“When it’s working, you won’t even pay attention to the time; there is no time, there is just that win.”
All of me is a fascinating exploration of travel agent, and gambling addict Gareth, played by Tommy Burgess, introduced to the audience as he stares intently at his computer screen. Working with problem-gambling charity GamCare, theatre company Anything Other has collaborated to raise awareness of gambling and the way addiction is a contribution factor to previous loss or trauma.
Burgess’s awkward movements and nasal voice are reminiscent of that colleague. The one that over excels with customer service, who remembers all hot beverage preferences in the office. Gareth represents every employee let go from their job because their addiction, receiving a huge amount of justice in All Of Me’s outrageous and outstanding final scenes. With the energy of charismatic performer, Burgess carries the character with such naturalism, that 40 minutes felt like a few minutes. As Gareth loses himself in the destruction of his own life, we are lost in with him, we don’t pay attention to time, only to Burgess’s all-encapsulating performance. I could have been watching an actor with decades of experience – his execution was faultless, portraying a lovable but self-destructive character with heaps of complexity.
Gareth invites us to listen to a snapshot of memories of his father, intersected with images of his gambling addiction at work. As an apparent coping mechanism to deal with the death of his father, Gareth’s gambling addiction begins to warp his reality and the eventual loss of the thing that provides structure in his life; his job.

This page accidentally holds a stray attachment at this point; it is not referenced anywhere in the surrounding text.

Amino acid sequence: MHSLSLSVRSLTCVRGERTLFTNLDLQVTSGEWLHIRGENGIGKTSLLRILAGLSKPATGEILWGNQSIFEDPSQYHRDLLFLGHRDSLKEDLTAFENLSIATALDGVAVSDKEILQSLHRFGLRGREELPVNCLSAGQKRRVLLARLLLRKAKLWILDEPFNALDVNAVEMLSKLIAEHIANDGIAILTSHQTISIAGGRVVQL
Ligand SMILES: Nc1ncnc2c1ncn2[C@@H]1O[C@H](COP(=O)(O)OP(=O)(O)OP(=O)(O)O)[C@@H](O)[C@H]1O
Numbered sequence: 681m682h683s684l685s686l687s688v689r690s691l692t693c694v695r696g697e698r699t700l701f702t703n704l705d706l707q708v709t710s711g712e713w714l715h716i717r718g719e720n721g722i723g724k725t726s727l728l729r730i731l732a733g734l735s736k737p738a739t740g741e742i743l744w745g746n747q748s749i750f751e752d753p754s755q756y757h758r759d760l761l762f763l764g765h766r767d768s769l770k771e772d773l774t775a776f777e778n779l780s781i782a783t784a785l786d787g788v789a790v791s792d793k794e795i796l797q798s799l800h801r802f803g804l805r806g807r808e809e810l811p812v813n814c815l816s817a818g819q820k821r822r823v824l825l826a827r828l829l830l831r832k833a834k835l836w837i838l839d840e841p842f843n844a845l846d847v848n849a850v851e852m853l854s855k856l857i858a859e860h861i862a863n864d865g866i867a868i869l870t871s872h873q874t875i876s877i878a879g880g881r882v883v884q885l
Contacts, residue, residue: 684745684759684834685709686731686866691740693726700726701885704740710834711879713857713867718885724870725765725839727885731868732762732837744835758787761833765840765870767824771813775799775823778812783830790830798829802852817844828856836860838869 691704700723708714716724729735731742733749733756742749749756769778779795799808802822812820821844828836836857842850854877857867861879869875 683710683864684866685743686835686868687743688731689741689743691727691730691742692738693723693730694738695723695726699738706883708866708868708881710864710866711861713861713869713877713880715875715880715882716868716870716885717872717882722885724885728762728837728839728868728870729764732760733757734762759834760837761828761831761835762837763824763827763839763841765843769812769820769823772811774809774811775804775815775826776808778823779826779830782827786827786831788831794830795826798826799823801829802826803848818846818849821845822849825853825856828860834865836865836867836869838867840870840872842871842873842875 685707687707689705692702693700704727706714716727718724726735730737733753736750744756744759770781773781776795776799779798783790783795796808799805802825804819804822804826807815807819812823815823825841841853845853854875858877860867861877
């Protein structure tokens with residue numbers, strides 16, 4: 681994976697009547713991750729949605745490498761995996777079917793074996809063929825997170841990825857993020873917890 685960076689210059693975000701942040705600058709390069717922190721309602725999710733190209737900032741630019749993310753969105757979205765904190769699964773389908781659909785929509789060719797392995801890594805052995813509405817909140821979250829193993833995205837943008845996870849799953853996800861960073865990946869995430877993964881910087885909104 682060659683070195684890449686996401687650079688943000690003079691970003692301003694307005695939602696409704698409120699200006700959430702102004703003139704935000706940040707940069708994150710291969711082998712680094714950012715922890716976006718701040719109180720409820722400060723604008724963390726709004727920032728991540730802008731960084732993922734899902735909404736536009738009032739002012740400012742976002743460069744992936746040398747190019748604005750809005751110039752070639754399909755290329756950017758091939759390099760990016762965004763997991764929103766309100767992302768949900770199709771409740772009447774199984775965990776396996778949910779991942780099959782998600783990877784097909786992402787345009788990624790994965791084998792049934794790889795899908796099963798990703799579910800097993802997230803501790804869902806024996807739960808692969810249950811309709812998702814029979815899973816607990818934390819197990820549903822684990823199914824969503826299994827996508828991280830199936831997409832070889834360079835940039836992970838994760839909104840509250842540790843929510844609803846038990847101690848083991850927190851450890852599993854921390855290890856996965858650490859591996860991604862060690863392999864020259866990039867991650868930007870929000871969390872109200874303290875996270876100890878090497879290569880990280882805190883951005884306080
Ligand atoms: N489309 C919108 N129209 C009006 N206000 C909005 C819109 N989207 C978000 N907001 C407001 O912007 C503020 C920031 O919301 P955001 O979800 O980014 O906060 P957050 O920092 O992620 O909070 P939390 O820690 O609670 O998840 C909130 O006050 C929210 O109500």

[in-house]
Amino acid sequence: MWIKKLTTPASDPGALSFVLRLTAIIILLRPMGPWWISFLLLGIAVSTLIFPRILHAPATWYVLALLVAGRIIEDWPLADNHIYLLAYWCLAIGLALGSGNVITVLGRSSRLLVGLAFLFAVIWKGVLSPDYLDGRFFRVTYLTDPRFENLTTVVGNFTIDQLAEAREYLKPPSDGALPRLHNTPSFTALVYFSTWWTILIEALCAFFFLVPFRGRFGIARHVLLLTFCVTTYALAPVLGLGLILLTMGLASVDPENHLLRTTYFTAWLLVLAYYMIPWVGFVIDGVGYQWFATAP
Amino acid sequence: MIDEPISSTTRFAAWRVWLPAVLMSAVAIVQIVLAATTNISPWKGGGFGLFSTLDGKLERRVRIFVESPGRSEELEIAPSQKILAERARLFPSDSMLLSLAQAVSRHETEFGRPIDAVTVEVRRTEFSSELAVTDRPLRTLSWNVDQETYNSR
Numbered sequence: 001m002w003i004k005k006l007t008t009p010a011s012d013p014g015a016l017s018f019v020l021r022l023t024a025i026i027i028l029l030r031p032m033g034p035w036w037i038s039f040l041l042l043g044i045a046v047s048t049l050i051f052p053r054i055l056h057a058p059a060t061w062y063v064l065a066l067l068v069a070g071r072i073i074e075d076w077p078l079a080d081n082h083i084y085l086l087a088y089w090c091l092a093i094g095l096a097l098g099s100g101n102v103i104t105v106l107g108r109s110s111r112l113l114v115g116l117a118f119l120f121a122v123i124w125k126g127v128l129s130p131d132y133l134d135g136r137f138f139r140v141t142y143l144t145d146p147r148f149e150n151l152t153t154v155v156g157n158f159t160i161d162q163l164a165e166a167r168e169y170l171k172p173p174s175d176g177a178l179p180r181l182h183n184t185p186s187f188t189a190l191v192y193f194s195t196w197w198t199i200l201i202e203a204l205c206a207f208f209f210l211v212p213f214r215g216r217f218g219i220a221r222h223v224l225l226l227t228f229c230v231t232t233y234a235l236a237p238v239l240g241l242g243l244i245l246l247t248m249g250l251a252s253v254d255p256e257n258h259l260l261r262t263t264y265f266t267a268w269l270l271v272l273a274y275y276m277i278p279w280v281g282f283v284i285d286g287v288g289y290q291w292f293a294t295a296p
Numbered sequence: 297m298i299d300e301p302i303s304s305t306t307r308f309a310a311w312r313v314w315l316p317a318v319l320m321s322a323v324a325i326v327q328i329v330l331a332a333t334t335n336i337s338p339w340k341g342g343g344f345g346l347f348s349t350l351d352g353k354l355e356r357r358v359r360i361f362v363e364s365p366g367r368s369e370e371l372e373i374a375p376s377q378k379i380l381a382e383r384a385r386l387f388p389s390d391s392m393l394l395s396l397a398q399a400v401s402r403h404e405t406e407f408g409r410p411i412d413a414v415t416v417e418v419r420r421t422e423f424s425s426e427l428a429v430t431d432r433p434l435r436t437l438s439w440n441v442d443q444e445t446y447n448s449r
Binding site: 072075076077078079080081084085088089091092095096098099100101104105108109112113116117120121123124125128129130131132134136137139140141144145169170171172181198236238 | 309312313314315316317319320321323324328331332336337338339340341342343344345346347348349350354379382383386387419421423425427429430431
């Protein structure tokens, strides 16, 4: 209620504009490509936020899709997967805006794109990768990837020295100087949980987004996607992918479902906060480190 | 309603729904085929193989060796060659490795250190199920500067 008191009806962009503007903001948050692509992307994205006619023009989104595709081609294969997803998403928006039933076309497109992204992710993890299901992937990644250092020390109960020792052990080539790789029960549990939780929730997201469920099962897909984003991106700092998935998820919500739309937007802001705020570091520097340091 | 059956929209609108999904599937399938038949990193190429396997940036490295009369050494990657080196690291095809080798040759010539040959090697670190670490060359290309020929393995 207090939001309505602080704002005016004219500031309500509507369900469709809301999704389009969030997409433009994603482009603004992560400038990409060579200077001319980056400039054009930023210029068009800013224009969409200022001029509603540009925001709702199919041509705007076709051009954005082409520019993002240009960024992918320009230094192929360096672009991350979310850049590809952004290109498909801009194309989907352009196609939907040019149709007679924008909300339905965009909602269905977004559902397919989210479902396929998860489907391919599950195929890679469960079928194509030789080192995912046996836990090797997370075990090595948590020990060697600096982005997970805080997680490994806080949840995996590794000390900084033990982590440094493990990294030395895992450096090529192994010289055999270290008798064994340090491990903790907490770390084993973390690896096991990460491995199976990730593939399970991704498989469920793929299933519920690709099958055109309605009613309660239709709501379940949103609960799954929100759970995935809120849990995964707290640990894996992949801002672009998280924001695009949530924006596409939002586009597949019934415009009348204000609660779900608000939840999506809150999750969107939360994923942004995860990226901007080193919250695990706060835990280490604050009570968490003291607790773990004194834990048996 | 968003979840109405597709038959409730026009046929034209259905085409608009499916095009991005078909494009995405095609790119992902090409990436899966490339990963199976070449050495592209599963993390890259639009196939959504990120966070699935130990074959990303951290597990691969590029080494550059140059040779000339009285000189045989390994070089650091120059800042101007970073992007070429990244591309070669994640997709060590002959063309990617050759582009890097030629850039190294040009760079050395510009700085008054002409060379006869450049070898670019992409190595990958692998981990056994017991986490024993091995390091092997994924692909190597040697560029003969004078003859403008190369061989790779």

Nicola Ralph’s set design is an excellent example of simple staging with huge impact. Piles of cardboard boxes with carefully considered props inside, provide an effective addition to Gareth’s story. As his character begins to unravel in his aggressive and dramatic state, so does the stage; a flurry of gaming chips, a computer screen thrown across the stage, the contents of a working office, laid out in front of us in keeping with Gareth’s unreliable and erratic nature.
All of me is an incredibly likeable show, with never a dull moment, creating such a strong rhythm that it’s hard to lose focus on Burgess’ immaculate stage presence. Its crashing and dramatic ending can only be the perfect ending to a short and snappy play that pushes the boundary of new writing.
Martin Brett’s writing has a tremendous amount of potential, and raises the bar for new writing with the company’s clever staging, and Burgess is a thoroughly engaging stage presence throughout. Without a doubt, this is one of the most exciting shows at the Fringe this year, and a theatre company to watch out for in the near future.
All of me is playing Greenside until August 27.